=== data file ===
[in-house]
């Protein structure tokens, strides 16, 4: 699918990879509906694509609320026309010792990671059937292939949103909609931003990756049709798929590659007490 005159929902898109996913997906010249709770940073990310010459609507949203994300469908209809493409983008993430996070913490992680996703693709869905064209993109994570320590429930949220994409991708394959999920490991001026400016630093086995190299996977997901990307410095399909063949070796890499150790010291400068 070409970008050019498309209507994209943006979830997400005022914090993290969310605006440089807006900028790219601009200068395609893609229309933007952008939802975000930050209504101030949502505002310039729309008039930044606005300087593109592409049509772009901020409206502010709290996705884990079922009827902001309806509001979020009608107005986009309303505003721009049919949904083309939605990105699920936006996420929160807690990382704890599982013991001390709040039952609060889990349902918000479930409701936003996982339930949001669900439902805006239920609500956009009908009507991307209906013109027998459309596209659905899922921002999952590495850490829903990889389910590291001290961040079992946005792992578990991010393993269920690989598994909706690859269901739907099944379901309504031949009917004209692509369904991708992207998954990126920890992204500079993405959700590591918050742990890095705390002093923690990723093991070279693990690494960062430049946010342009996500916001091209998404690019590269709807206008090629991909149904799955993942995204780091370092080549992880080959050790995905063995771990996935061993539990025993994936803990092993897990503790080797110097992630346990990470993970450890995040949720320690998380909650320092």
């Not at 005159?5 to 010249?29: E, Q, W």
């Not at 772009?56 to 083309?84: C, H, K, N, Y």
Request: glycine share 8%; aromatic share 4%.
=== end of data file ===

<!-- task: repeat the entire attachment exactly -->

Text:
[in-house]
């Protein structure tokens, strides 16, 4: 699918990879509906694509609320026309010792990671059937292939949103909609931003990756049709798929590659007490 005159929902898109996913997906010249709770940073990310010459609507949203994300469908209809493409983008993430996070913490992680996703693709869905064209993109994570320590429930949220994409991708394959999920490991001026400016630093086995190299996977997901990307410095399909063949070796890499150790010291400068 070409970008050019498309209507994209943006979830997400005022914090993290969310605006440089807006900028790219601009200068395609893609229309933007952008939802975000930050209504101030949502505002310039729309008039930044606005300087593109592409049509772009901020409206502010709290996705884990079922009827902001309806509001979020009608107005986009309303505003721009049919949904083309939605990105699920936006996420929160807690990382704890599982013991001390709040039952609060889990349902918000479930409701936003996982339930949001669900439902805006239920609500956009009908009507991307209906013109027998459309596209659905899922921002999952590495850490829903990889389910590291001290961040079992946005792992578990991010393993269920690989598994909706690859269901739907099944379901309504031949009917004209692509369904991708992207998954990126920890992204500079993405959700590591918050742990890095705390002093923690990723093991070279693990690494960062430049946010342009996500916001091209998404690019590269709807206008090629991909149904799955993942995204780091370092080549992880080959050790995905063995771990996935061993539990025993994936803990092993897990503790080797110097992630346990990470993970450890995040949720320690998380909650320092």
């Not at 005159?5 to 010249?29: E, Q, W």
């Not at 772009?56 to 083309?84: C, H, K, N, Y």
Request: glycine share 8%; aromatic share 4%.